Thirty-three athletes are facing anti-doping proceedings from the Russian Anti-Doping Agency (RUSADA) for using banned treatment from a doctor at a sports academy in Chuvashia.
In a statement, RUSADA confirmed 19 track and field competitors, including two with an impairment, were among those suspected of breaching anti-doping rules by accepting infusions of prohibited substances.
The list of those implicated also features five cyclists, three sambists and two from biathlon, as well as one athlete from gymnastics, boxing, wrestling and skiing.
RUSADA said 60 anti-doping rule violations from athletes and their entourage had been uncovered by a two-year investigation, which concluded this month.
The organisation, which had its suspension lifted following the state-sponsored doping scandal in September of last year, added that the doctor involved had previously been subjected to criminal proceedings.
The case was later dropped as the doctor was unaware she was breaking the law by administering the treatment.
The announcement from RUSADA came as the Russian Athletics Federation (RusAF) began an investigation into a training camp in Kyrgyzstan, where seven athletes are suspected of working with banned coach Vladimir Kazarin.
Kazarin was banned for life in 2017 after a World Anti-Doping Agency report found he had given athletes banned performance-enhancing drugs.
The European coach of the year in 2011 was found guilty of multiple doping offences including possession, trafficking and administration.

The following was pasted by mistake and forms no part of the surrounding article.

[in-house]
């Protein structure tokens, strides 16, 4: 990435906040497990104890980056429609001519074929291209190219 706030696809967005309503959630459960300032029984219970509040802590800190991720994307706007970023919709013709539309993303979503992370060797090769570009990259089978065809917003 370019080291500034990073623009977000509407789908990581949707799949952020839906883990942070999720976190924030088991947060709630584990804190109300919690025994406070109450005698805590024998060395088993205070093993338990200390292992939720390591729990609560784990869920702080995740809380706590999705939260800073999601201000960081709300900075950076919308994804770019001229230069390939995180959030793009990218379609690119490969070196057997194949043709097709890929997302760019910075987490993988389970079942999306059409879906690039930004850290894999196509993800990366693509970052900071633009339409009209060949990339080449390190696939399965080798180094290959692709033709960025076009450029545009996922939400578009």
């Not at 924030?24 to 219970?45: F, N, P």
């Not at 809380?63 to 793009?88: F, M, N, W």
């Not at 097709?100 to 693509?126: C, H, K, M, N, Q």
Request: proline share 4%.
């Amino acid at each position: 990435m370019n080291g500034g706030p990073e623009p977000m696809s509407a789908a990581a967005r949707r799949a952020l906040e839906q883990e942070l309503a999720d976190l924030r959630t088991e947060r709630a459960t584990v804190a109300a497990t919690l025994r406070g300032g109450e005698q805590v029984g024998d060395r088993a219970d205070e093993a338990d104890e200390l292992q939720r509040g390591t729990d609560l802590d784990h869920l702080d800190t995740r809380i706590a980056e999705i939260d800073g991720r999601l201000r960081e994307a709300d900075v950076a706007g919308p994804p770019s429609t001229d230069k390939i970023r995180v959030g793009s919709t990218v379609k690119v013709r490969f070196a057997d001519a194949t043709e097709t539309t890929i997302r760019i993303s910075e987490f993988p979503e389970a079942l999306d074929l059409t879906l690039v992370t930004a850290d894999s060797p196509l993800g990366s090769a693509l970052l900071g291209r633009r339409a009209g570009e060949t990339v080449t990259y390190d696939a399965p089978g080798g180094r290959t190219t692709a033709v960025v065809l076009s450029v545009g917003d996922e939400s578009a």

RUSADA said the banned coach "directly participated" in training sessions with seven athletes in Kyrgyzstan between November 2018 and April 2019.
RusAF President Dmitry Shlyakhtin told Russia's official state news agency TASS that the governing body, which had its suspension extended for an 11th time by the International Association of Athletics Federation earlier this month, was "now conducting an inspection of the performance by the coaches of the national athletics team of Russia who attended those training camps to prevent such violations of anti-doping rules".
Allegations of forged documents to cover up a doping offence by world indoor high jump champion Danil Lysenko and suspended coaches remaining active were among the reasons the IAAF maintained its ban on Russia.
RusAF also announced this week that sprinter Pavel Vruchinsky, the silver medallist over 100 metres at last year's Russian Cup, had been given a four-year ban after he tested positive for the anabolic steroid Oxandrolone.